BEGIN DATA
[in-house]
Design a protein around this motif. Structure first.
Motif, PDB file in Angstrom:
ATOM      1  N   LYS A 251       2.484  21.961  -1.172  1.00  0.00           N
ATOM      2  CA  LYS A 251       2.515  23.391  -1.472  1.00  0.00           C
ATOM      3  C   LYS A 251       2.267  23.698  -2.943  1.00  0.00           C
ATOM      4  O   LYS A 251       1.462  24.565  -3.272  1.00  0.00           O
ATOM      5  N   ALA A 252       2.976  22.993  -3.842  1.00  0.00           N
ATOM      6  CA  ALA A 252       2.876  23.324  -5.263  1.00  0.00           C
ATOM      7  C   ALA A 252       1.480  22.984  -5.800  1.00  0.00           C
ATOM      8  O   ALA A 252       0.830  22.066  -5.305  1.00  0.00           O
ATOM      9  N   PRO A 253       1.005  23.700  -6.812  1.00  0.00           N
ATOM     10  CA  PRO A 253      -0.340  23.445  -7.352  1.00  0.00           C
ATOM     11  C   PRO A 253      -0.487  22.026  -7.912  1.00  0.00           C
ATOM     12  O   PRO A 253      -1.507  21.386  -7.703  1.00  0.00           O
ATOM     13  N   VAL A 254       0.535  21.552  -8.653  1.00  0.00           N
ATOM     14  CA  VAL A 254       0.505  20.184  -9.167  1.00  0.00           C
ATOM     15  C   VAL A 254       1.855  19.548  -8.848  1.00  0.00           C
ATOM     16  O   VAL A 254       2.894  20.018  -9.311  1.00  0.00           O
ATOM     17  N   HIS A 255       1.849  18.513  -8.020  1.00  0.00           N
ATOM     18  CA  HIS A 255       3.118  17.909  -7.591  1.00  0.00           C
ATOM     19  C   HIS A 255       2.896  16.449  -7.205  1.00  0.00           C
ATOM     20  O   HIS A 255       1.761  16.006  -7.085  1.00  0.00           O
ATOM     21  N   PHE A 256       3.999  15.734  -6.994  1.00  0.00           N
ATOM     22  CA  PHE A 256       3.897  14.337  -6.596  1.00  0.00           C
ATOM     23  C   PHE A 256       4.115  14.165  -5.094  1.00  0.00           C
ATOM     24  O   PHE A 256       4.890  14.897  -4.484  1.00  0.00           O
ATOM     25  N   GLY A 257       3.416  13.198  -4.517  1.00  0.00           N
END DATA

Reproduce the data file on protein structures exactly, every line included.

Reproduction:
[in-house]
Design a protein around this motif. Structure first.
Motif, PDB file in Angstrom:
ATOM      1  N   LYS A 251       2.484  21.961  -1.172  1.00  0.00           N
ATOM      2  CA  LYS A 251       2.515  23.391  -1.472  1.00  0.00           C
ATOM      3  C   LYS A 251       2.267  23.698  -2.943  1.00  0.00           C
ATOM      4  O   LYS A 251       1.462  24.565  -3.272  1.00  0.00           O
ATOM      5  N   ALA A 252       2.976  22.993  -3.842  1.00  0.00           N
ATOM      6  CA  ALA A 252       2.876  23.324  -5.263  1.00  0.00           C
ATOM      7  C   ALA A 252       1.480  22.984  -5.800  1.00  0.00           C
ATOM      8  O   ALA A 252       0.830  22.066  -5.305  1.00  0.00           O
ATOM      9  N   PRO A 253       1.005  23.700  -6.812  1.00  0.00           N
ATOM     10  CA  PRO A 253      -0.340  23.445  -7.352  1.00  0.00           C
ATOM     11  C   PRO A 253      -0.487  22.026  -7.912  1.00  0.00           C
ATOM     12  O   PRO A 253      -1.507  21.386  -7.703  1.00  0.00           O
ATOM     13  N   VAL A 254       0.535  21.552  -8.653  1.00  0.00           N
ATOM     14  CA  VAL A 254       0.505  20.184  -9.167  1.00  0.00           C
ATOM     15  C   VAL A 254       1.855  19.548  -8.848  1.00  0.00           C
ATOM     16  O   VAL A 254       2.894  20.018  -9.311  1.00  0.00           O
ATOM     17  N   HIS A 255       1.849  18.513  -8.020  1.00  0.00           N
ATOM     18  CA  HIS A 255       3.118  17.909  -7.591  1.00  0.00           C
ATOM     19  C   HIS A 255       2.896  16.449  -7.205  1.00  0.00           C
ATOM     20  O   HIS A 255       1.761  16.006  -7.085  1.00  0.00           O
ATOM     21  N   PHE A 256       3.999  15.734  -6.994  1.00  0.00           N
ATOM     22  CA  PHE A 256       3.897  14.337  -6.596  1.00  0.00           C
ATOM     23  C   PHE A 256       4.115  14.165  -5.094  1.00  0.00           C
ATOM     24  O   PHE A 256       4.890  14.897  -4.484  1.00  0.00           O
ATOM     25  N   GLY A 257       3.416  13.198  -4.517  1.00  0.00           N